While much of the data on food labels is incomprehensible to the average consumer, at least “best before dates” and “packaging dates” are easy to understand and provide valuable information on food safety. Right? Wrong.
According to B.01.007 of the Food and Drugs Regulations, when a pre-packaged product having a durable life of 90 days or less is packaged at a place other than the retail premises from which it is sold, the food’s label must show the durable life date and provide instructions for proper storage if it requires storage conditions that differ from normal room temperature. The durable life date is to be expressed on food labels as the “best before date” using standardized bilingual symbols. So, for example, this Dec. 15 would appear as 12 DE 15.
But now it gets a little confusing. Durable life is defined as “the period, commencing on the day on which a pre-packaged product is packaged for retail sale during which the product, when stored under conditions appropriate to that product, will retain, without any appreciable deterioration, its normal wholesomeness, palatability, nutritional value and any other qualities claimed for it by the manufacturer.” While it is true that “wholesomeness” is related to food safety, the durable life is really more to do with food quality. There are no rules on how to establish durable life for products, so this is a matter at the sole discretion of the manufacturer, and the date is only valid for unopened products. Many foods could be unsafe within the best before date and others perfectly safe for years after the best before date.
Even more confusing, if in the opinion of the manufacturer the shelf life exceeds 90 days, there is no requirement for any best before date. However, manufacturers now use them anyway for their own traceability purposes, so we have so-called best before dates on canned and other packaged products that can be safely on a shelf for years. Is it any wonder that a consumer is confused by a best before date on the bottom of a can that is five years away? This information says very little about quality and nothing about safety.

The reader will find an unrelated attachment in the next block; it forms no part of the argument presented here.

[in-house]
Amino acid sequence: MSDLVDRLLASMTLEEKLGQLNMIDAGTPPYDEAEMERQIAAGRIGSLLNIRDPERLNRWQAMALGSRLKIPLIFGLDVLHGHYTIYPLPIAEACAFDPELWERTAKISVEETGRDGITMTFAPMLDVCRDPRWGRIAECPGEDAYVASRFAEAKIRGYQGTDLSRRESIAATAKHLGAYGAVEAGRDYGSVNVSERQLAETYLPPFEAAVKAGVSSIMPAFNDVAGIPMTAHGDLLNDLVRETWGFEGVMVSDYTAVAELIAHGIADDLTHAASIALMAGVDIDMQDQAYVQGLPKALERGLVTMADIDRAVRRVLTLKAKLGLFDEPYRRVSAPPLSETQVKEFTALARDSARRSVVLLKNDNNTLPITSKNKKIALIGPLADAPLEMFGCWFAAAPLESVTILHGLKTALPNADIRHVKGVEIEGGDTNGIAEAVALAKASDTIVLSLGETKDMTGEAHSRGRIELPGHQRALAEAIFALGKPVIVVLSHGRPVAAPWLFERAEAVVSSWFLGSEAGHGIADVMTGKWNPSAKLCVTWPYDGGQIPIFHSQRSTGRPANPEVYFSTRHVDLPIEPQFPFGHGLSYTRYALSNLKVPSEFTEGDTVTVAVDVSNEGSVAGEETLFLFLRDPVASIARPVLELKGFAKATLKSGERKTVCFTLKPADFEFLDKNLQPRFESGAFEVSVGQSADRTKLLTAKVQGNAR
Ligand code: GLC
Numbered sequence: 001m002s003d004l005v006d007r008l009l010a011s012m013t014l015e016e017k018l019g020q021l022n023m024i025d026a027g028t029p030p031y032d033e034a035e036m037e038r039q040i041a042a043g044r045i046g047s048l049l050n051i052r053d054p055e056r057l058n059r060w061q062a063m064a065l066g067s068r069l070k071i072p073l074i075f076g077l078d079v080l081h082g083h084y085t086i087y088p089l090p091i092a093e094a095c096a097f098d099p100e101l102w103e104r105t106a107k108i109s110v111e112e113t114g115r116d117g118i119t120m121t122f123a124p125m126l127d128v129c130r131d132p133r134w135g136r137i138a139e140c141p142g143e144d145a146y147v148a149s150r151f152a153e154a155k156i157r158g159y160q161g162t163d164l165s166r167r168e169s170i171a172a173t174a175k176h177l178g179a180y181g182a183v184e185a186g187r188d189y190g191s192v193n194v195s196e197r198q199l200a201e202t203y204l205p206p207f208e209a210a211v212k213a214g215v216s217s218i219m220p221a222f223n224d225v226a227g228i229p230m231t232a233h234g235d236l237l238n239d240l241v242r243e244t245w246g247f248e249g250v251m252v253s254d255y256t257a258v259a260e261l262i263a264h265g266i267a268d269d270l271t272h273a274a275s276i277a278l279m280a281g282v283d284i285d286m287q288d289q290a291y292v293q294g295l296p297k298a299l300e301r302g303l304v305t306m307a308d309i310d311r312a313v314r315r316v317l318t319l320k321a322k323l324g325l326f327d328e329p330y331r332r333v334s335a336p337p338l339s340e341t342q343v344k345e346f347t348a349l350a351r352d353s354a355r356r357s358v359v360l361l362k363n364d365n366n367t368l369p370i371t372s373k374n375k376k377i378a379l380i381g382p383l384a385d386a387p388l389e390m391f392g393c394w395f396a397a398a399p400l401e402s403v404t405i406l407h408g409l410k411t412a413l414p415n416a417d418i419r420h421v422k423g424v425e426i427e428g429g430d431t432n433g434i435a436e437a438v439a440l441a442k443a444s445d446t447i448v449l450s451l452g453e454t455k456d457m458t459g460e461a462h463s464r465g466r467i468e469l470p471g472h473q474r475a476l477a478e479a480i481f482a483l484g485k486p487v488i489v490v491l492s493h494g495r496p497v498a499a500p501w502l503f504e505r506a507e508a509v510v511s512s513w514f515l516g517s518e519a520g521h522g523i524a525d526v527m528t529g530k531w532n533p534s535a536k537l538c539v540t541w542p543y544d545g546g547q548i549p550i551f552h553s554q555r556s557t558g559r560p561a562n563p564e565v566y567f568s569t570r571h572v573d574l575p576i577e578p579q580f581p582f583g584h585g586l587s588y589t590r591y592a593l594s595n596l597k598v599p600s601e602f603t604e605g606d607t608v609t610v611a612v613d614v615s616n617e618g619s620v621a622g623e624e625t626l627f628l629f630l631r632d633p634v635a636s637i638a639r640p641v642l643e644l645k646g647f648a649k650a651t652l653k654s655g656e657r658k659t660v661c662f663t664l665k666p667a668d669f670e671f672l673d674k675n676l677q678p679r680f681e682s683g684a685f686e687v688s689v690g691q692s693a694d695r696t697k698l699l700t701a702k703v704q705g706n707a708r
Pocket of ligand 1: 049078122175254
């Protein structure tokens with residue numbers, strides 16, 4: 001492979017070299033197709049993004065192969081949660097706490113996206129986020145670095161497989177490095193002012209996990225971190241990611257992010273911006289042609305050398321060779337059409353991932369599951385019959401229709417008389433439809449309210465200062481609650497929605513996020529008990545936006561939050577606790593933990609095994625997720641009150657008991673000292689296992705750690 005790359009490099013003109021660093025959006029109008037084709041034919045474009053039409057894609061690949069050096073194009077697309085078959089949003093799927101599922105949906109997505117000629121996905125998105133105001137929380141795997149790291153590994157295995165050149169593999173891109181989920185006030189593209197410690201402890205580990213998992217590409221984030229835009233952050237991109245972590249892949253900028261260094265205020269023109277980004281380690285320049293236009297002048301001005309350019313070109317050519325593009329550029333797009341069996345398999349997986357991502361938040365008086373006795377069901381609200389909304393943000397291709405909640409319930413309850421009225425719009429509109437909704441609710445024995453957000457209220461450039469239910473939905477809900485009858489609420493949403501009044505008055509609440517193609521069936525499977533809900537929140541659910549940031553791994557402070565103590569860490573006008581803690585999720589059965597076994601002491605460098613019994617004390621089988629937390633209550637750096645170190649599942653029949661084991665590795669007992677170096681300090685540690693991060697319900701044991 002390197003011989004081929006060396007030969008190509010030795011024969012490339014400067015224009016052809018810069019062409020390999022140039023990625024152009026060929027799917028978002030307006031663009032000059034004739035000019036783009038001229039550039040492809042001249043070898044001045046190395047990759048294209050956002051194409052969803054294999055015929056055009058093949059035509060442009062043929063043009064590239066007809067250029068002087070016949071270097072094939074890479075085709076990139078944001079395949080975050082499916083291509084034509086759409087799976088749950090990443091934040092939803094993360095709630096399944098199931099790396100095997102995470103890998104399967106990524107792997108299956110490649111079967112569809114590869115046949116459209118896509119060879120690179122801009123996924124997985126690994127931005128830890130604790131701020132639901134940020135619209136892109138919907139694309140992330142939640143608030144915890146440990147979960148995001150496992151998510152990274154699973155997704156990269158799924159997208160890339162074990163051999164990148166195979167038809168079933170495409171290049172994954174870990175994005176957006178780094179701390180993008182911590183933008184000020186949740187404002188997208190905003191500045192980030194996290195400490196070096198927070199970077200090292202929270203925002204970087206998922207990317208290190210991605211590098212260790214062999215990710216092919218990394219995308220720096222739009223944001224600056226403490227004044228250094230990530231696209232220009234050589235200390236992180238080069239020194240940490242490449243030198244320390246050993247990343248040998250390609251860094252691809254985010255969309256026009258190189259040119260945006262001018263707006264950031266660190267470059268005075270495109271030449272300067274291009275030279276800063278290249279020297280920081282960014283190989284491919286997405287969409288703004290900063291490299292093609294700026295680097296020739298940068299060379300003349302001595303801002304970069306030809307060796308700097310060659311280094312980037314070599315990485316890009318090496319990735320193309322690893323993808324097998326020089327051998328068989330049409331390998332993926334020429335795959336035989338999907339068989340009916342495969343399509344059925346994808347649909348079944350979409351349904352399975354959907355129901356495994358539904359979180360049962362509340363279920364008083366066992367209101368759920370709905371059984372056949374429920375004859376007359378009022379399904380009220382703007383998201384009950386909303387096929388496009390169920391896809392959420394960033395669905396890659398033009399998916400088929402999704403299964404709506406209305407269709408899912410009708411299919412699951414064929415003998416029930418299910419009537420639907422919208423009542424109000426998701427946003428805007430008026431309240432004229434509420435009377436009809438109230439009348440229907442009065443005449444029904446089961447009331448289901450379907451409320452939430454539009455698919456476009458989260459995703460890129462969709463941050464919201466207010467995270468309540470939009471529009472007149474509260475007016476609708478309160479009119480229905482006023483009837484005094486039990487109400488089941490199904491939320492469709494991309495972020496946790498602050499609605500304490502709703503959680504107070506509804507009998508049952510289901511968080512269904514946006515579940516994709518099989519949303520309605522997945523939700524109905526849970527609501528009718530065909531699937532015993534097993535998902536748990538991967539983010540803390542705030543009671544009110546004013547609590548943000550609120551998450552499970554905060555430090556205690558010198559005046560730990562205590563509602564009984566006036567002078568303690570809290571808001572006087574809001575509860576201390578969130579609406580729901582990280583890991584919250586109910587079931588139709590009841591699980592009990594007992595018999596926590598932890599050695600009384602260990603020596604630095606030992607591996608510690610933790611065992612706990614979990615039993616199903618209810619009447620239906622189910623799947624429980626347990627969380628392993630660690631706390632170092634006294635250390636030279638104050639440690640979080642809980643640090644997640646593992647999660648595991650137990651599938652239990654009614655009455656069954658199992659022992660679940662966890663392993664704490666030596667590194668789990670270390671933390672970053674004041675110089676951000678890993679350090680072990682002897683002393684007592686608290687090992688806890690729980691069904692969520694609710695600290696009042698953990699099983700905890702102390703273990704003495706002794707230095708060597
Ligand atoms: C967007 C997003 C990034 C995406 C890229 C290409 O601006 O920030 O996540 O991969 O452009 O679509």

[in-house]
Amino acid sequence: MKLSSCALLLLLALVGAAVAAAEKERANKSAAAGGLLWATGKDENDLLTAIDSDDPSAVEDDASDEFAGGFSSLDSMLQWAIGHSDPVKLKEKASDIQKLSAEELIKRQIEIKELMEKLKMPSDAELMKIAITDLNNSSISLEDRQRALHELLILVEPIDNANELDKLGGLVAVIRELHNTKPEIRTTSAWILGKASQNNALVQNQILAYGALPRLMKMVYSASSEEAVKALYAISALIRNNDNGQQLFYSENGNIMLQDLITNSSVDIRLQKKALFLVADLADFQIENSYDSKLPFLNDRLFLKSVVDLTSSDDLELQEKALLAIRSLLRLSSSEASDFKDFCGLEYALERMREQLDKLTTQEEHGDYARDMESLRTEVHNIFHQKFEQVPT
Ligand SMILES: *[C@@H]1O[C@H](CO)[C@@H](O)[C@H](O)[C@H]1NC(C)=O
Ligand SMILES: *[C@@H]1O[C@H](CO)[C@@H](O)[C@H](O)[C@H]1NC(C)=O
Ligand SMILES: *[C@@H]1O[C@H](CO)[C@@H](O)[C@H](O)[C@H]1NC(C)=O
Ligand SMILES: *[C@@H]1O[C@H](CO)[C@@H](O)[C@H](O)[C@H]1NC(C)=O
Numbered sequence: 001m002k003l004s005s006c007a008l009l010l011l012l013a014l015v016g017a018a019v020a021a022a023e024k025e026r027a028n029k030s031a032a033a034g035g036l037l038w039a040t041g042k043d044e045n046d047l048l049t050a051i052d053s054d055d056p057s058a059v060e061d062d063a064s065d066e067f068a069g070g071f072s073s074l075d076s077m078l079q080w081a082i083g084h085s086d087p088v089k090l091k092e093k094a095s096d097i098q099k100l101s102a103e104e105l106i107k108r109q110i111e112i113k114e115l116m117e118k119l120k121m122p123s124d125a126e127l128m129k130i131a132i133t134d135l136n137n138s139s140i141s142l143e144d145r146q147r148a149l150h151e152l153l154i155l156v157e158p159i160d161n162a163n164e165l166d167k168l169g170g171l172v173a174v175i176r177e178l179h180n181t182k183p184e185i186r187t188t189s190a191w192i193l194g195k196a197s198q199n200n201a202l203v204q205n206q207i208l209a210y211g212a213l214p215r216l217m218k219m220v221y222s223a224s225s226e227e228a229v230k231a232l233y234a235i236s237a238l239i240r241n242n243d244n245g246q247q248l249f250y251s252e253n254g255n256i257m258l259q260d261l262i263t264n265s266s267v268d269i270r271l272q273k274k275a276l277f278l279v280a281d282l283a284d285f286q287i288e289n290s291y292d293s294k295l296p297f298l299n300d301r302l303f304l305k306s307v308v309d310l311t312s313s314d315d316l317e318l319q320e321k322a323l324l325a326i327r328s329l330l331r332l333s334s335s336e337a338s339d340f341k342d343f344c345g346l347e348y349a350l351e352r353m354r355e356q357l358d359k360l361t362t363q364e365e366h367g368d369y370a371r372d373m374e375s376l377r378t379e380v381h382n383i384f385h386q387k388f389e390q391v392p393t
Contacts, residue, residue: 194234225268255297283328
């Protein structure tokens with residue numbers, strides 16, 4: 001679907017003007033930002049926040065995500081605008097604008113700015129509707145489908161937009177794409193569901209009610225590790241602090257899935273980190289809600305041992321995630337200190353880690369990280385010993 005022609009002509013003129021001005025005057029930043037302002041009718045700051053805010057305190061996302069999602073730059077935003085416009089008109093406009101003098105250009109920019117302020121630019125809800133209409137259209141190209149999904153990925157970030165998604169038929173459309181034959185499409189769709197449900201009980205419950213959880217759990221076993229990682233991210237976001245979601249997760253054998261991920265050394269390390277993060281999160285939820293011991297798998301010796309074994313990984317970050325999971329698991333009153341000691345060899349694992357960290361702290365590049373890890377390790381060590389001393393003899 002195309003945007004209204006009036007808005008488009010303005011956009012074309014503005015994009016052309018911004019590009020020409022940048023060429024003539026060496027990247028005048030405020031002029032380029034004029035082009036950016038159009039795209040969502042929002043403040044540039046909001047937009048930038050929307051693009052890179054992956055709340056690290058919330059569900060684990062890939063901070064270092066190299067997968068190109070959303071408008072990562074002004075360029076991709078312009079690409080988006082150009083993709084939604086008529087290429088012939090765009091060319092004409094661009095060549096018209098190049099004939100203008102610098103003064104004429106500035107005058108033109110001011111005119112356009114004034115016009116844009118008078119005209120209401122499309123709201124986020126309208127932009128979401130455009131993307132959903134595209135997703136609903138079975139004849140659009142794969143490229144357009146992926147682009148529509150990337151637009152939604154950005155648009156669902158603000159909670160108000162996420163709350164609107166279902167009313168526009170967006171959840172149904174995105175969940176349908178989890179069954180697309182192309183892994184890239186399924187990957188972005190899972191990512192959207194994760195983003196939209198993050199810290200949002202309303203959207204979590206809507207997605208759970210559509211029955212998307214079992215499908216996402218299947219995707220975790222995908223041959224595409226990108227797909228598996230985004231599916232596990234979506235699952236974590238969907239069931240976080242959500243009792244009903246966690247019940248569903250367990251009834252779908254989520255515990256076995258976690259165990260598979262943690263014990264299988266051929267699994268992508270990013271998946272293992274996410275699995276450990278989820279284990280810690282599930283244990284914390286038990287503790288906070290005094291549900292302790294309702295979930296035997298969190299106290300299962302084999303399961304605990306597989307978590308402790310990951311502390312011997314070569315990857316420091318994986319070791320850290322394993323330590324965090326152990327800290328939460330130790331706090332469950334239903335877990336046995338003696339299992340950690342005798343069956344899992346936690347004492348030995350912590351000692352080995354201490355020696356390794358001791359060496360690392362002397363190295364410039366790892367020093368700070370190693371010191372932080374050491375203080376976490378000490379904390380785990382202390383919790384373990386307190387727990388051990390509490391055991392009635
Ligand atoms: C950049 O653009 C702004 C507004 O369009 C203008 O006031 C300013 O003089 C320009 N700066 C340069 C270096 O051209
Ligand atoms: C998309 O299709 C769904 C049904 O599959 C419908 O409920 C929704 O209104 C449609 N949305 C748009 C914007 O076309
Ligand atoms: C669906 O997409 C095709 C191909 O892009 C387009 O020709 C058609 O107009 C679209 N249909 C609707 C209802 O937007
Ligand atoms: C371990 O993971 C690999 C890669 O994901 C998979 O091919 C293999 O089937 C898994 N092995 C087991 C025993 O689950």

There appears to be no standard or scientific basis for the determination of what is a durable date or a reasonable shelf life for products. Many food items are specifically exempted from the regulation, such as pre-packaged fresh fruit and vegetables, including the chopped vegetables and pre-packaged salads that are so common today and have been the source of much foodborne illness in recent years. Foods prepared by a commissary and sold in automatic vending machines or mobile canteens are also exempt, even though they would have a higher food safety risk.
Retail-packed products also require a “packaging date,” and there are definitional problems here as well. “Packaging date” means “the date on which a food is packed for the first time in a package in which it will be offered for sale to a consumer.” A roast, for example, can be packaged by a butcher or a grocer, with the best before date at the retailer’s discretion. While the law is clear that you cannot sell food that is putrid or unsafe, there is no labelling law that prevents the retailer from cutting up the roast at the end of its best before date and reselling it with a new best before date as stewing beef, or re-packaging it again as ground beef. Your chicken shish kabob packaged yesterday may have been chicken breasts packaged last week, and no labelling law has been broken.
Follow storage and cooking instructions carefully, always follow safe food handling procedures and think of best before dates and packaging dates primarily as rough guides to food quality. They do not provide reliable information on food safety.
Ronald L. Doering, BA, LL.B., MA, LL.D., is a past president of the Canadian Food Inspection Agency. He practices food law in the Ottawa offices of Gowling Lafleur Henderson, LLP. Contact him at [email protected]